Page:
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View Poll Results: Does a ported barrel shotgun help or not.
Yes it does help. 13 28.26%
No it does not help. 10 21.74%
Just a marketing ploy. 13 28.26%
Not sure. 10 21.74%
Voters: 46. You may not vote on this poll

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Old February 23, 2010, 05:25 PM   #26
zippy13
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crghss wrote
Secondly, some people confuse porting with muzzle brakes. As I understand it porting puts downward pressure on the barrel where muzzle brake releases pressure to reduce recoil which reduces muzzles flip.
So we don't confuse ourselves, let's call an opening in the barrel other than the breech and muzzle a vent. Is what you call a "muzzle brake" general venting, typically horizontally opposed close to the muzzle (like on artillery barrels)? I have a gun with horizontally opposed vent slots, but they are set well back from the muzzle -- would you still call these a muzzle brake? I always thought they were referred as "ports," perhaps I'm mistaken.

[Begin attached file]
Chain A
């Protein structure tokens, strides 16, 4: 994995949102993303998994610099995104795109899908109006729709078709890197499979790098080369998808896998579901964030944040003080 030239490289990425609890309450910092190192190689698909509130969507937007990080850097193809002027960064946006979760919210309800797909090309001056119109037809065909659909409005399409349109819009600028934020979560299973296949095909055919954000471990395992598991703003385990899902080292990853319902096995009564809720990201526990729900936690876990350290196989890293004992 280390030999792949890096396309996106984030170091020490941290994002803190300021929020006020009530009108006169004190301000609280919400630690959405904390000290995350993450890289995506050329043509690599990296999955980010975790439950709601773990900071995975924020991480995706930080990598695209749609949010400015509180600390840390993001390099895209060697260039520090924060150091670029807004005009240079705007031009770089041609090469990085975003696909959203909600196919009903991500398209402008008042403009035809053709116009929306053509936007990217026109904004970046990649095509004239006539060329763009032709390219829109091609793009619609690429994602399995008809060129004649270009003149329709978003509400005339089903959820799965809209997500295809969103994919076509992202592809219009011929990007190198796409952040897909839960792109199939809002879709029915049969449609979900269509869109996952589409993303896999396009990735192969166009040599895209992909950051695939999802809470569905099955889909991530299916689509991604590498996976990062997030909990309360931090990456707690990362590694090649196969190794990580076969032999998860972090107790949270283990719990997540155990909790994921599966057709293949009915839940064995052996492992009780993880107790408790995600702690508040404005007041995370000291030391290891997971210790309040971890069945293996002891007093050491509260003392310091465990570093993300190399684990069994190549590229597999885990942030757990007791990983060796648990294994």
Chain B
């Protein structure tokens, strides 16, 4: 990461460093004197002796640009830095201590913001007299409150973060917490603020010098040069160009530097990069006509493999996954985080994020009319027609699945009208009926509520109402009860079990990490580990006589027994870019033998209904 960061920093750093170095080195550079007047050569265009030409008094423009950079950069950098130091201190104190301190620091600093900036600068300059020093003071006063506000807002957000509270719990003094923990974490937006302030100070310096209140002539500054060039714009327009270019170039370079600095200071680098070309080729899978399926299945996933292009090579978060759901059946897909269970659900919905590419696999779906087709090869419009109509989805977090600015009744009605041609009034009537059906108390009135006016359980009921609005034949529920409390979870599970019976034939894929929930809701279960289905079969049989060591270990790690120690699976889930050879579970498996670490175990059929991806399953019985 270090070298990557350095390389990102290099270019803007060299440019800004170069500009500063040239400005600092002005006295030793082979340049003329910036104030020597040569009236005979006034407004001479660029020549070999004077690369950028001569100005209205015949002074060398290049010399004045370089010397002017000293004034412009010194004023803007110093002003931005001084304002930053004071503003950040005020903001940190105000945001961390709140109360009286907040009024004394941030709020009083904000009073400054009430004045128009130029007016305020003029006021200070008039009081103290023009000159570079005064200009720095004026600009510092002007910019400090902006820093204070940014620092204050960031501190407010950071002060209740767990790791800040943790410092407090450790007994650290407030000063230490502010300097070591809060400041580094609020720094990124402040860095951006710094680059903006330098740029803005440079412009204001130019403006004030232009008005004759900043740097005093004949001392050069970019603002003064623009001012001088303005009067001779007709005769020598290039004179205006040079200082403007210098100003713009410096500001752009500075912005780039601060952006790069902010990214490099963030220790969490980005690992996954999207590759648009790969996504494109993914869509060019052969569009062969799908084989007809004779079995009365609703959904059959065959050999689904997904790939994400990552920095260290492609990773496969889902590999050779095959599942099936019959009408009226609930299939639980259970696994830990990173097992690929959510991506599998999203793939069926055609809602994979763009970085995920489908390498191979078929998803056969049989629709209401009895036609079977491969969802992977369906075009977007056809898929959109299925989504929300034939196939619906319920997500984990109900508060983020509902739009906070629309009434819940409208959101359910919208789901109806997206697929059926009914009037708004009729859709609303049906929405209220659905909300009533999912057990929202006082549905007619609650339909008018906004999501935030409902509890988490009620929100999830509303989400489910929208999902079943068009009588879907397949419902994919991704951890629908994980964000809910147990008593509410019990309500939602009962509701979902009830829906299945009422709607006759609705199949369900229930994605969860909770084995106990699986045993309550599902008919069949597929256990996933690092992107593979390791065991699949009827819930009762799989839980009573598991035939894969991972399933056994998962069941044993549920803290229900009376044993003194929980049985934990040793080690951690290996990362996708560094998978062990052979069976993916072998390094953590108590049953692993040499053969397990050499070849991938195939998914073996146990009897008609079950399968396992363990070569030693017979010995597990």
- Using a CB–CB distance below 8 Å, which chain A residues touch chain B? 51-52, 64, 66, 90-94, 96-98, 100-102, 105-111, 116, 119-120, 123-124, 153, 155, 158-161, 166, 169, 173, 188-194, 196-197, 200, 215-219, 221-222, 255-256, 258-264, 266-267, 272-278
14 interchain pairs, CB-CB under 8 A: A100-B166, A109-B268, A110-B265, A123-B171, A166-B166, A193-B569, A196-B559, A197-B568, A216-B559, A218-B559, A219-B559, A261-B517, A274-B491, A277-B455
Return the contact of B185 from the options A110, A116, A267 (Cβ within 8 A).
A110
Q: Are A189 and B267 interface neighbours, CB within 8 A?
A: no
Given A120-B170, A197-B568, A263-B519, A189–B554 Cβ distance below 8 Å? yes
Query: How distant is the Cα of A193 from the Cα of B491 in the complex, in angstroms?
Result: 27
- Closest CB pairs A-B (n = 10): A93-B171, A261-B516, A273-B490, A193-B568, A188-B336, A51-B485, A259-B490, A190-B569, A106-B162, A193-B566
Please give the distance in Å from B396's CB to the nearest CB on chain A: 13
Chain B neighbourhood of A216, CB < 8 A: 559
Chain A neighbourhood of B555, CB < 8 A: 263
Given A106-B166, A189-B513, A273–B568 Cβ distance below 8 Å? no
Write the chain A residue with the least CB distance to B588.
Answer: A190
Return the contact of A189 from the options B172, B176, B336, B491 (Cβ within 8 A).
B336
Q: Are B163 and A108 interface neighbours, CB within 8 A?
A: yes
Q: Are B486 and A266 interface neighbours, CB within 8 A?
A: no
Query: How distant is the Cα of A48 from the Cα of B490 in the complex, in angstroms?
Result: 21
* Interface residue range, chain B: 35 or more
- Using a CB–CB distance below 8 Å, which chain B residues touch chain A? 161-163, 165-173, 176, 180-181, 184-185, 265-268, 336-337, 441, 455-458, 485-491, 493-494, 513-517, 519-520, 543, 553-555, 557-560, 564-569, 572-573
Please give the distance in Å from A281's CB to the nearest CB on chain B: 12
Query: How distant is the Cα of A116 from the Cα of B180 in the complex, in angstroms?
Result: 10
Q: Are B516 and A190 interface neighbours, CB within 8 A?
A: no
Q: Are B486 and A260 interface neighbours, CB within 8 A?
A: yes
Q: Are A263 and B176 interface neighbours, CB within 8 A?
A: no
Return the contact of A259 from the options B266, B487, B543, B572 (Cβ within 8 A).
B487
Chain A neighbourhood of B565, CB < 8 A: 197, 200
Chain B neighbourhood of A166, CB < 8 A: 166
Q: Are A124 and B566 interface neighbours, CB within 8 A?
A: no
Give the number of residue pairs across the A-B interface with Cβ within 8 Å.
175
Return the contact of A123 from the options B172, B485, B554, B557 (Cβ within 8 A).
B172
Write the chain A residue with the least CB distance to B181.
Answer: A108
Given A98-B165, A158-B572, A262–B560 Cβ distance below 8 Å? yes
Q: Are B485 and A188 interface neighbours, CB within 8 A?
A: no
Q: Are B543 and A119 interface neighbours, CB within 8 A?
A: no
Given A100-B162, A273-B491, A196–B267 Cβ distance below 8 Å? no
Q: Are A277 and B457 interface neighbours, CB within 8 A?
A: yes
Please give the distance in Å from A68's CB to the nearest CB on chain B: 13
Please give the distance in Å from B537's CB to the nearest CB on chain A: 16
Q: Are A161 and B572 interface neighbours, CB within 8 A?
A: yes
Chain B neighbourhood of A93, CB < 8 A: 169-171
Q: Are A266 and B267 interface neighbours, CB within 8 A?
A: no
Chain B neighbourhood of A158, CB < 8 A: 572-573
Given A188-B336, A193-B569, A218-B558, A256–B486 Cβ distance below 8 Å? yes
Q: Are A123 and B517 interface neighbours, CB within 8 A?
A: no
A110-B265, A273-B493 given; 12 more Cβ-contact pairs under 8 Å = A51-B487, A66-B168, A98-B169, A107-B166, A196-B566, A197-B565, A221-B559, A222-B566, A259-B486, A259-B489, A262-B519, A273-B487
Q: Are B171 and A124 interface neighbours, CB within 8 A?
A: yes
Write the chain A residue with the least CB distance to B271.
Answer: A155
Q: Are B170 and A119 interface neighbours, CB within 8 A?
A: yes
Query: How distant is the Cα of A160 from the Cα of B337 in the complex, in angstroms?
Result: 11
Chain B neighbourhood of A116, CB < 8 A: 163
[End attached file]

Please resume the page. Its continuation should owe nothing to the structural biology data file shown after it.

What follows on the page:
There are other vent schemes, in the same general location (well behind the choke), that are a series of holes that are in the upper portion of the barrel. They usually are associated with proprietary names like Pro-Port or Mag-Na-Port. They claim to aid recoil reduction (by the same physics as other porting) and provide additional control of muzzle jump because of the "jet" effect from the size and distribution of the holes. I think these are generally called "Pro-port-type" porting. Again, I might be mistaken, in your area they might just be called "ports".

oneounceload
,